Monday, September 29, 2008

New Appliances

My electric range needs replacing ... Two of the ranges (the bigger ones) don't even work now and the rest are only working half the time. Oven still works great, but not the range. It is an old GE range and it is screaming for replacement.

My dishwasher is also broken. The water outlet is broken so sometimes there will be a "pool" of water on the bottom. If the water is left there, it will become a bacteria sweet spot - so we have to keep using the dishwasher periodically or cleaning the bottom and removing the water - which is a pain. We try to have it fixed but the parts are hard to find and expensive - almost as much as buying a new one.

So when the company I work for announce that we will be getting our bonuses, we are off to our search for new appliances: dishwasher, electric range, and a matching hood/vent.

Electric Range
For one reason and another, we decided to go with Whirlpool as our chosen brand of appliance. For our electric range, we wanted to go with "coil" instead of the ceramic glass cooktop - because we found that the coil "heats" better. Since we cook on regular basis, coil seems to be a better option. Plus, the ceramic glass is expensive to replace if it is damaged (could be $250 or more) - even though it is really really easy to clean and certainly looks better. The model that we went for is Whirlpool RF263LXS. We also got the vent/hood for it: RH3730XL

For the dishwasher, we also went stainless to match with the range and the hood: DU1055XTS.

So what kind of "heavy duty" cooking are we doing on our range? Well, my wife cook almost everyday and about once a week we host a bible study group at our house on Saturday. So more often than not, the heaviest use of our range is on the weekend, where our friends and us must cook for our bible study group (abour 20 people).

We do not use the oven as much - which is why probably the oven is still in good shape. As Asians, most of our food are deep fried, stir-fry based or soup based - which means that almost all the cooking is happening on the cooktop instead of in the oven.

We ordered these last weekend and they will be shipped within this week. I hope they work as long as my old appliances are, for years and years and years.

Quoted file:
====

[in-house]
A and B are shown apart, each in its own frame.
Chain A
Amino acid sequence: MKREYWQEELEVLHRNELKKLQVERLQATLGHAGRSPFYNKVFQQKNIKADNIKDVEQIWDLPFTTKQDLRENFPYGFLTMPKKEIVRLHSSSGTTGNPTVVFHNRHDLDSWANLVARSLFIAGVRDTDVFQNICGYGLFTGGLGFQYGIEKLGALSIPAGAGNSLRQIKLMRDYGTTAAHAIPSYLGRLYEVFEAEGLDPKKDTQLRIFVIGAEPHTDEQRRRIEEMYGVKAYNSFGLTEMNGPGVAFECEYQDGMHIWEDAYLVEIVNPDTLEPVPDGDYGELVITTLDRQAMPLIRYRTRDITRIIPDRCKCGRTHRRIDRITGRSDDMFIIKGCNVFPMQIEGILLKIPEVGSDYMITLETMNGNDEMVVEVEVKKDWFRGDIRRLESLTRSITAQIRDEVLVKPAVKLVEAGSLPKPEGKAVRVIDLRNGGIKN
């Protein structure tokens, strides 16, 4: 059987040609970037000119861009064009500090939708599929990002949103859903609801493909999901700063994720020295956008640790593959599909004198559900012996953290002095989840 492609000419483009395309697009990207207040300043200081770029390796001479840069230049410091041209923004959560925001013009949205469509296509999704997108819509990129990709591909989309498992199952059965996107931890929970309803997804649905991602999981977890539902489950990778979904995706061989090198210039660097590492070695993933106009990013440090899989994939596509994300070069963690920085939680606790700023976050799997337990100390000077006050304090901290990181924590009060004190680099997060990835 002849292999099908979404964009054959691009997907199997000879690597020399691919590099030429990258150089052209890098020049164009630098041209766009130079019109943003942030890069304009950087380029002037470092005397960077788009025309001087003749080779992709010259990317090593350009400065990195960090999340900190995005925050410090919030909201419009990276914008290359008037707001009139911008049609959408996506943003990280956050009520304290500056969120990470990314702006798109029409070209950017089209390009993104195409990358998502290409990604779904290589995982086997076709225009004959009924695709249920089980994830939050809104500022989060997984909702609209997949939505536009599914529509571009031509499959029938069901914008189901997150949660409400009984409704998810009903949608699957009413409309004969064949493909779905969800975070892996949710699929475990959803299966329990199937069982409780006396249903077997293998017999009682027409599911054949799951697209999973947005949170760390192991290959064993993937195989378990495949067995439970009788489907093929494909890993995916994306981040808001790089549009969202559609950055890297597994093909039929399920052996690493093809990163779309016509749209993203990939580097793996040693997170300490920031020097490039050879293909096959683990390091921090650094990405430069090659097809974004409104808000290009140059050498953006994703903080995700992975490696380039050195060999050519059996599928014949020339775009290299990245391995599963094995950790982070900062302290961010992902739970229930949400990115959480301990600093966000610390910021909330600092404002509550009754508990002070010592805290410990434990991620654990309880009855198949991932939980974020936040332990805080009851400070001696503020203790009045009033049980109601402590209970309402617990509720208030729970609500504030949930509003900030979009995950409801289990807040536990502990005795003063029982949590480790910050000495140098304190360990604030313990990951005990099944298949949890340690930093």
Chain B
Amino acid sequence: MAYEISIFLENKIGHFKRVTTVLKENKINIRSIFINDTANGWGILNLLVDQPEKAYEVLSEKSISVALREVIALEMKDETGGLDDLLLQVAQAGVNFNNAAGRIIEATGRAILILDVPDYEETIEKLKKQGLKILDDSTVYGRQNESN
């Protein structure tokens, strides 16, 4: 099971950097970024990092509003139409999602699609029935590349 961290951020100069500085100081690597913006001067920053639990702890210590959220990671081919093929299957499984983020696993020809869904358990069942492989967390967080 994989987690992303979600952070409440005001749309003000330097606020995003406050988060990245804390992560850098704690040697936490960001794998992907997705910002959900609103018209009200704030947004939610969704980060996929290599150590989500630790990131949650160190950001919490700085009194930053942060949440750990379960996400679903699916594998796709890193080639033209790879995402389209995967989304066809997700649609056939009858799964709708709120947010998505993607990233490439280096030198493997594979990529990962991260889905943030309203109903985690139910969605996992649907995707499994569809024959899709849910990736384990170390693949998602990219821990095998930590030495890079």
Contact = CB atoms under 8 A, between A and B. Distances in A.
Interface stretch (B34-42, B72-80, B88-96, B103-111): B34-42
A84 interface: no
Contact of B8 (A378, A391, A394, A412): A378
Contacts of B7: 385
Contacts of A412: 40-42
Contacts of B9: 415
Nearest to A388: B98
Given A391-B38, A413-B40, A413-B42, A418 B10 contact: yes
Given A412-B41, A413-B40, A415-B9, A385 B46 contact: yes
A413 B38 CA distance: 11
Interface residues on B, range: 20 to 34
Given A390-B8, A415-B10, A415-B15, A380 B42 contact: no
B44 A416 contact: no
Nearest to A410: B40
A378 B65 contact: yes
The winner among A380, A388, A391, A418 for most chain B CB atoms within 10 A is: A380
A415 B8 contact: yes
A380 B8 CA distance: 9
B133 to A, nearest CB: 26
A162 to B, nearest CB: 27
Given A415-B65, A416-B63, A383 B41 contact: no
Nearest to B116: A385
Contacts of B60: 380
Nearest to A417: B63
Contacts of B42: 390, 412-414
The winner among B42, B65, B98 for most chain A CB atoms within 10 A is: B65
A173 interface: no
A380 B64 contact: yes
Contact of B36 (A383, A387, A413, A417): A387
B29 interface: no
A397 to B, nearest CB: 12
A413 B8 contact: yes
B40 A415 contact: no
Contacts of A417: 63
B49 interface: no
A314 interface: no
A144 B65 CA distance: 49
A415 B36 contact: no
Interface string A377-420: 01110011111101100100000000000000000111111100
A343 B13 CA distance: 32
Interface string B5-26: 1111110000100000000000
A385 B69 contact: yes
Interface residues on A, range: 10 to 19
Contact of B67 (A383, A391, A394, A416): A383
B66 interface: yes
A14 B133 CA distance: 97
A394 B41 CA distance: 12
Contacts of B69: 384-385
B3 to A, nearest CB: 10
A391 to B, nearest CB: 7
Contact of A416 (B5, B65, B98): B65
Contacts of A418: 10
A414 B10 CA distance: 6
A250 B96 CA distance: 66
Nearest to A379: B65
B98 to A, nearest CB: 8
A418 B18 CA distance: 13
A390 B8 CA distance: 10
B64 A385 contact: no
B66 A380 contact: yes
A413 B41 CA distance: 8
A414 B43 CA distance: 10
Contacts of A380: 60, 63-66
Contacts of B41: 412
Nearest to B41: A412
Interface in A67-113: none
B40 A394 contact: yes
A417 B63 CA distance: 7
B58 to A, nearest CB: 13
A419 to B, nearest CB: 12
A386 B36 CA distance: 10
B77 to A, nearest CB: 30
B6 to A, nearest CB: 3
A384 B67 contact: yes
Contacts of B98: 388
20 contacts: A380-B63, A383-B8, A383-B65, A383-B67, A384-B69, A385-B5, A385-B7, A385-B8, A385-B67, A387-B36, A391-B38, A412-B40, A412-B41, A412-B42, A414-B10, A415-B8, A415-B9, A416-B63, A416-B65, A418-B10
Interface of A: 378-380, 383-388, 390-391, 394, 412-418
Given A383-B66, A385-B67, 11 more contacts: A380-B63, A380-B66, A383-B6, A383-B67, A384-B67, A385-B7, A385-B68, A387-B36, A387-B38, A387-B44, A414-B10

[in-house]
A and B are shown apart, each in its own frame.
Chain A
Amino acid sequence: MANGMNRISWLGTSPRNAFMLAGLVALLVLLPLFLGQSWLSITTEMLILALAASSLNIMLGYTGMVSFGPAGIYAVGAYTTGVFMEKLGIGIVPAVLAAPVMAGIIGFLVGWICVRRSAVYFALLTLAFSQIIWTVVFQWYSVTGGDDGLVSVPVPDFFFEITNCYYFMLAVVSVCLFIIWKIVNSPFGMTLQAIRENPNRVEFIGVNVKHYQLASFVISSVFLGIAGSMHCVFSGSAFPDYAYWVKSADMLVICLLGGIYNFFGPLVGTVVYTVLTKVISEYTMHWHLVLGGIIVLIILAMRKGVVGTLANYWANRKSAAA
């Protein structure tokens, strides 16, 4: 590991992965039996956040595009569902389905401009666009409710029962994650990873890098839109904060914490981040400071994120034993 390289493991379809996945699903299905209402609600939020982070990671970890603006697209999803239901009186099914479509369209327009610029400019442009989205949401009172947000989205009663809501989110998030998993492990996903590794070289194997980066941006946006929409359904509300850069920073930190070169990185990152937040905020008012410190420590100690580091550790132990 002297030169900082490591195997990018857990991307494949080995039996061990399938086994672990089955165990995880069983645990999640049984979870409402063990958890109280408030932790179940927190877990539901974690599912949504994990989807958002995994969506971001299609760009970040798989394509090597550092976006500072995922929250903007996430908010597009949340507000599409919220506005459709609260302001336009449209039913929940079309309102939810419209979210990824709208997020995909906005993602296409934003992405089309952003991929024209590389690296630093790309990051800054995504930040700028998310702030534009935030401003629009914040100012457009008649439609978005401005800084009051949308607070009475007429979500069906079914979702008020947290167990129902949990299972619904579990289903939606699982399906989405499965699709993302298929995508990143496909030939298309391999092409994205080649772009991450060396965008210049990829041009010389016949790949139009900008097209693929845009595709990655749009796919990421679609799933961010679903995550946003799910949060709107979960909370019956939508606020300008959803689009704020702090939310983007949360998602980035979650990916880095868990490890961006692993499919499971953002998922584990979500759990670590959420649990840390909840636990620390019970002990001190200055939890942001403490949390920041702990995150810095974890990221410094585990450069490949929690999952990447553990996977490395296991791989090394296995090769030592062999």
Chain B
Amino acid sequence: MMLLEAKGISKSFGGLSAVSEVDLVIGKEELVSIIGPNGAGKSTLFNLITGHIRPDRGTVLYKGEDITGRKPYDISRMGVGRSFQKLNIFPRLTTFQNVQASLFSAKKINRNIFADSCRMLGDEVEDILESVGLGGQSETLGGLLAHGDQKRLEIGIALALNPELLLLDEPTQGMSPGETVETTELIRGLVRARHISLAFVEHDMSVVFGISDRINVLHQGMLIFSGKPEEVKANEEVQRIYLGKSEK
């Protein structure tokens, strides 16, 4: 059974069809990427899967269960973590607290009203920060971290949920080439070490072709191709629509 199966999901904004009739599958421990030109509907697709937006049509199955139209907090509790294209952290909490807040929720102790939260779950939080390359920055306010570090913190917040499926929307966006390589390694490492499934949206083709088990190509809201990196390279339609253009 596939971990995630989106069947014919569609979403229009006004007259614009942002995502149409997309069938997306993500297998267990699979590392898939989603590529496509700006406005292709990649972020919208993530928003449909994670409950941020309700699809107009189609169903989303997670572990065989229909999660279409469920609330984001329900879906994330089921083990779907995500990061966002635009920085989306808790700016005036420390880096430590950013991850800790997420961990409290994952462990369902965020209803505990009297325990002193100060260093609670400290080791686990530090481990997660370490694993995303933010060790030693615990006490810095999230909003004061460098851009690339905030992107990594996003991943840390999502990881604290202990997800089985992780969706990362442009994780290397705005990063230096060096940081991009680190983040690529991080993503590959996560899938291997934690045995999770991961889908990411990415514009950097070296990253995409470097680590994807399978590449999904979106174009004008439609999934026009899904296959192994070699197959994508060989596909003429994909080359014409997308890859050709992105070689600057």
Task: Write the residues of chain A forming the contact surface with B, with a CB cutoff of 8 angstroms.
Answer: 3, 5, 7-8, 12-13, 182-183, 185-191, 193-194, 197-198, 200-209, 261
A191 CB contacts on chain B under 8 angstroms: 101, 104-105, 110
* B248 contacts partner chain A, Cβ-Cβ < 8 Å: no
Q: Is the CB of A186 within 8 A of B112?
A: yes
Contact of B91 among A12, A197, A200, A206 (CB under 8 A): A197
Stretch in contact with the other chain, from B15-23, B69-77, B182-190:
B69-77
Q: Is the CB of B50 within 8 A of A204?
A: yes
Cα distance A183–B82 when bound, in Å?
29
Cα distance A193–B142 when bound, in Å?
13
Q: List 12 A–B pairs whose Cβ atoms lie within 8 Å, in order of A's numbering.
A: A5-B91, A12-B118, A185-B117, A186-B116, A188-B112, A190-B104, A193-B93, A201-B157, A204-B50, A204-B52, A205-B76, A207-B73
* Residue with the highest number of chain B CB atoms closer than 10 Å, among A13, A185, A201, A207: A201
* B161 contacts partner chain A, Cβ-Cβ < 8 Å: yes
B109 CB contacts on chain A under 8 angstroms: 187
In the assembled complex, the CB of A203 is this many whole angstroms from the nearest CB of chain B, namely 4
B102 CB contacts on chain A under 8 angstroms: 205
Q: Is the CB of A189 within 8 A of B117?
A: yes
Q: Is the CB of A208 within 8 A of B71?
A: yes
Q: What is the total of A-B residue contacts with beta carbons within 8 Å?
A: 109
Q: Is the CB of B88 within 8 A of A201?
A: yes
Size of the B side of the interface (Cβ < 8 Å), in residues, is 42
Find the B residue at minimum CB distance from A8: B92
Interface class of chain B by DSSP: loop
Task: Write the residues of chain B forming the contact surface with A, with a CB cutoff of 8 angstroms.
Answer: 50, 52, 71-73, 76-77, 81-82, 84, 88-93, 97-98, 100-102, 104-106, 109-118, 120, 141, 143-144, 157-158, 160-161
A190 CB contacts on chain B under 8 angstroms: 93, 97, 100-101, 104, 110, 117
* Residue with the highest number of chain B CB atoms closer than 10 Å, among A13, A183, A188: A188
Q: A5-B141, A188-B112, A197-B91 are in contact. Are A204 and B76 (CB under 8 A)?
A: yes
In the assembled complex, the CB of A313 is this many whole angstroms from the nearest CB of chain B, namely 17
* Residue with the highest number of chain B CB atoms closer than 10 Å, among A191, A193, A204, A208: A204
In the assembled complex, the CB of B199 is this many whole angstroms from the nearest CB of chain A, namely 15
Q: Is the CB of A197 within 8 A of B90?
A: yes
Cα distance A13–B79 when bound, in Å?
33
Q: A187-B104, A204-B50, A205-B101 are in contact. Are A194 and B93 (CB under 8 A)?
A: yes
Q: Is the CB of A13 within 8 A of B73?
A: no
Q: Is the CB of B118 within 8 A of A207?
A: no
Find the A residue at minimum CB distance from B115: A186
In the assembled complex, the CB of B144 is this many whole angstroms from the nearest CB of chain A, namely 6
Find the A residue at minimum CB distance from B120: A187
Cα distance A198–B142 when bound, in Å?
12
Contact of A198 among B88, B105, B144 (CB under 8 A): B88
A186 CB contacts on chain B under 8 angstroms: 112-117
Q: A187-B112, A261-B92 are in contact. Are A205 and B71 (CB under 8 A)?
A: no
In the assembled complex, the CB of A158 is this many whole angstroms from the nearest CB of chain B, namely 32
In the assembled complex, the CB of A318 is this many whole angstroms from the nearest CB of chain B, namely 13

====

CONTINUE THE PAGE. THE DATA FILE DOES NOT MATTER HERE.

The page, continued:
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Tuesday, September 23, 2008

Twitter Clients

Do you know what "twitter" is? If not, go check it out at It is basically a "micro-blogging" tool; where you can post 140 characters at a time about anything (from what you are doing now to anything you can think of). You can follow other people - meaning that everytime they "tweet" or post in their twitter account, you will get their post. People can also follow you - so anytime you post something, they will get it.

There are new outlets, engineers, gadgets reviewers, etc (including Barack Obama) that are in twitter - and you can follow them and get their posts. provides a web interface where you can interact with your post (post new post, reply, direct message, etc). But, there are also several twitter clients out there that allow you to be twittering without opening up a web browser. I will review 2 of them in this post - which are ones I used the most.

1. Twhirl:
Twhirl has a nice UI, slim, almost YM/AIM/MSN like. It provides the basic Twitter functions such as: posting, replying, direct message, viewing particular people's tweet, fave-ing a tweet, shorten URL, etc.

It also has several things that are very appealing: changing colors, multiple twitter accounts, automatic checking for new version and upgrade, MSN like notifications for new tweets.

There are also several things that I wish were better in twhirl, such as: not limiting displayed tweets to 20 tweets, truncate/not display replies and direct messages from the past, and add functionality for "grouping" people.

2. TweetDeck: